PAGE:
When, and how, will it end?
With the stock market making all-time new highs on a regular basis, this is the question I’m most asked by friends.
Indeed, most investors both simultaneously love and hate bull markets. They love to see their portfolios swelling due to price increases, but as they swell, those same investors also worry about what could happen next – a correction…or worse a recession… that could harm their portfolio’s value.
Let me state early-on in this essay – I don’t have a clue as to when or how the current bull market will end. I hope you appreciate that honesty and transparency. In fact, I always get a laugh when the talking heads on TV start making predictions about the stock market’s direction. How could they know for certain? As the old joke goes, “Economists have predicted 11 out of the last 2 recessions.” LOL.
I will tell you what I know about bull markets, so that you, an intelligent investor (you are investing intelligently right?) can form your own opinions. After all, that’s what intelligent investing is all about – doing your homework, researching, and constantly learning. It’s your money. You should have an active role in managing it.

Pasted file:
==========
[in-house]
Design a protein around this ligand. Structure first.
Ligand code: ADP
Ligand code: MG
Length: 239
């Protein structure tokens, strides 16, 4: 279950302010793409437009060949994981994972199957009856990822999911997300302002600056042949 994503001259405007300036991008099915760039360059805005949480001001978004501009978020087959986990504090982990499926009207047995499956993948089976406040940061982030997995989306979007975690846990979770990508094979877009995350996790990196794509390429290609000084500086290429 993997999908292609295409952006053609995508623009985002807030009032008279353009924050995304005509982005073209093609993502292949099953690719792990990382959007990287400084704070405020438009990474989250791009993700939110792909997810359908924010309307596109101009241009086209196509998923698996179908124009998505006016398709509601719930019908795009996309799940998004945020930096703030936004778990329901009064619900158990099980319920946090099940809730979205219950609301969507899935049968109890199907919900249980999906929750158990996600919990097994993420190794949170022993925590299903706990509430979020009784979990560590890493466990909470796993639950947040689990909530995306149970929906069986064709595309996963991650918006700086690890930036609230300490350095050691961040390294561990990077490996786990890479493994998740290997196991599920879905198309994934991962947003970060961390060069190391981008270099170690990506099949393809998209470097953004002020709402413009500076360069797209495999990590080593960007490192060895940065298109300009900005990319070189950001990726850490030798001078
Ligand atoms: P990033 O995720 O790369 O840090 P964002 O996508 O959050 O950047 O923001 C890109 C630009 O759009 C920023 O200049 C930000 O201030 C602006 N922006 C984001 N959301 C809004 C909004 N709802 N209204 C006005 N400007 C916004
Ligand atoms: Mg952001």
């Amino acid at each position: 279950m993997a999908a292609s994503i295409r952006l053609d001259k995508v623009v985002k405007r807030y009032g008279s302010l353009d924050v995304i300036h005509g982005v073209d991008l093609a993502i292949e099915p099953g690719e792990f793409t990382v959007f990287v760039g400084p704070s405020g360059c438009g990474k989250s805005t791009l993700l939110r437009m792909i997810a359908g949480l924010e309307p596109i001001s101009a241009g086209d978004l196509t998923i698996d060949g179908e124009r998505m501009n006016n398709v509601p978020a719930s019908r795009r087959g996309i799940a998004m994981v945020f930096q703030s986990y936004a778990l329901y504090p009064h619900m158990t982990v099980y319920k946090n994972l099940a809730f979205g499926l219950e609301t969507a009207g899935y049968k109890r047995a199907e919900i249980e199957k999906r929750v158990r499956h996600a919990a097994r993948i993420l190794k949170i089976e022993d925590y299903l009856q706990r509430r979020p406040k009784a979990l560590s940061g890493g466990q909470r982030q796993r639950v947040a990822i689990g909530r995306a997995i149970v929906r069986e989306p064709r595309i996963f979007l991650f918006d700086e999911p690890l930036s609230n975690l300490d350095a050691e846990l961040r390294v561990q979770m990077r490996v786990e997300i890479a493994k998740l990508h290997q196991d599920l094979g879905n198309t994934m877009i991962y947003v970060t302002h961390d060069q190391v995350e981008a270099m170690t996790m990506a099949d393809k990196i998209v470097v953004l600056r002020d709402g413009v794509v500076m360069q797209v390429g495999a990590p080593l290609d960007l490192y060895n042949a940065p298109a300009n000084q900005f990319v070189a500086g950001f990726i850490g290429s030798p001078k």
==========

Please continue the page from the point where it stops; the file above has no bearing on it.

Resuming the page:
Here’s what I know…
Investors get specifically nervous by big returns in the market. It seems like too much. But bull markets don’t die of old age. Nor do they die from producing above-average returns.
Quite the contrary…
You see, we tend to think in terms of averages for the market. Indeed, the nightly news reports the condition of today’s market relative to the “big average”, the Dow Jones Industrial Average. Also, stock market statistics are generally reported as compared to some historical average. So, we think in averages.
That’s all fine, but that can lead us to think that anything above average is abnormal, and thus something we should fear. When the opposite is true.
A common refrain that you’ll hear is that the historical returns for the market average about 10%. That’s true. But while it’s true, it doesn’t paint the entire picture, especially related to bull markets. The fact is, stocks typically don’t rise an average of 10% in bull markets, they have risen an average of 21.2% annually. Here’s another statistic: Bear markets average about 21 months in duration. And bull markets? They average 57 months! It may be hard to believe, but bull markets are longer and stronger than people remember and they are above average by nature.